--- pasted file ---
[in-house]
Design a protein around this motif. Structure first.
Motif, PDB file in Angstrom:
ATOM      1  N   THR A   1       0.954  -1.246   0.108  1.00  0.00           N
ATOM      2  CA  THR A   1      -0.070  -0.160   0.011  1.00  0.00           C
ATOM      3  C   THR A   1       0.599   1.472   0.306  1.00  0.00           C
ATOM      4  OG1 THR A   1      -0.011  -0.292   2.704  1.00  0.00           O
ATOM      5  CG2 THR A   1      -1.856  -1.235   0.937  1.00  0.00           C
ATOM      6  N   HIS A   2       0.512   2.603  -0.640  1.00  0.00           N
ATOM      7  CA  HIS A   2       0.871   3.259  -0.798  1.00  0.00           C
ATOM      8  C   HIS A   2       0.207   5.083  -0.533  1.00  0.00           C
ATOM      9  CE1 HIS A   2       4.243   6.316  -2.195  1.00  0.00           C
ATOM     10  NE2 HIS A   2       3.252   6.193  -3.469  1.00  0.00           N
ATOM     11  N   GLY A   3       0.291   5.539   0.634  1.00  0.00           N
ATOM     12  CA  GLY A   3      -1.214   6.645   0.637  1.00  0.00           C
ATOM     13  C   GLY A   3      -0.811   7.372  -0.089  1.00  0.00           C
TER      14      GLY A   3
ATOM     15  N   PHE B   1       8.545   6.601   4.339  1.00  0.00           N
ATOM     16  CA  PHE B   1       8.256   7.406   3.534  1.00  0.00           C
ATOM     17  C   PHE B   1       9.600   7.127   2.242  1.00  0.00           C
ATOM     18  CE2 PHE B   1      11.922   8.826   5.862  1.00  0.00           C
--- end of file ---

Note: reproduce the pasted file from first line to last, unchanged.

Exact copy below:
[in-house]
Design a protein around this motif. Structure first.
Motif, PDB file in Angstrom:
ATOM      1  N   THR A   1       0.954  -1.246   0.108  1.00  0.00           N
ATOM      2  CA  THR A   1      -0.070  -0.160   0.011  1.00  0.00           C
ATOM      3  C   THR A   1       0.599   1.472   0.306  1.00  0.00           C
ATOM      4  OG1 THR A   1      -0.011  -0.292   2.704  1.00  0.00           O
ATOM      5  CG2 THR A   1      -1.856  -1.235   0.937  1.00  0.00           C
ATOM      6  N   HIS A   2       0.512   2.603  -0.640  1.00  0.00           N
ATOM      7  CA  HIS A   2       0.871   3.259  -0.798  1.00  0.00           C
ATOM      8  C   HIS A   2       0.207   5.083  -0.533  1.00  0.00           C
ATOM      9  CE1 HIS A   2       4.243   6.316  -2.195  1.00  0.00           C
ATOM     10  NE2 HIS A   2       3.252   6.193  -3.469  1.00  0.00           N
ATOM     11  N   GLY A   3       0.291   5.539   0.634  1.00  0.00           N
ATOM     12  CA  GLY A   3      -1.214   6.645   0.637  1.00  0.00           C
ATOM     13  C   GLY A   3      -0.811   7.372  -0.089  1.00  0.00           C
TER      14      GLY A   3
ATOM     15  N   PHE B   1       8.545   6.601   4.339  1.00  0.00           N
ATOM     16  CA  PHE B   1       8.256   7.406   3.534  1.00  0.00           C
ATOM     17  C   PHE B   1       9.600   7.127   2.242  1.00  0.00           C
ATOM     18  CE2 PHE B   1      11.922   8.826   5.862  1.00  0.00           C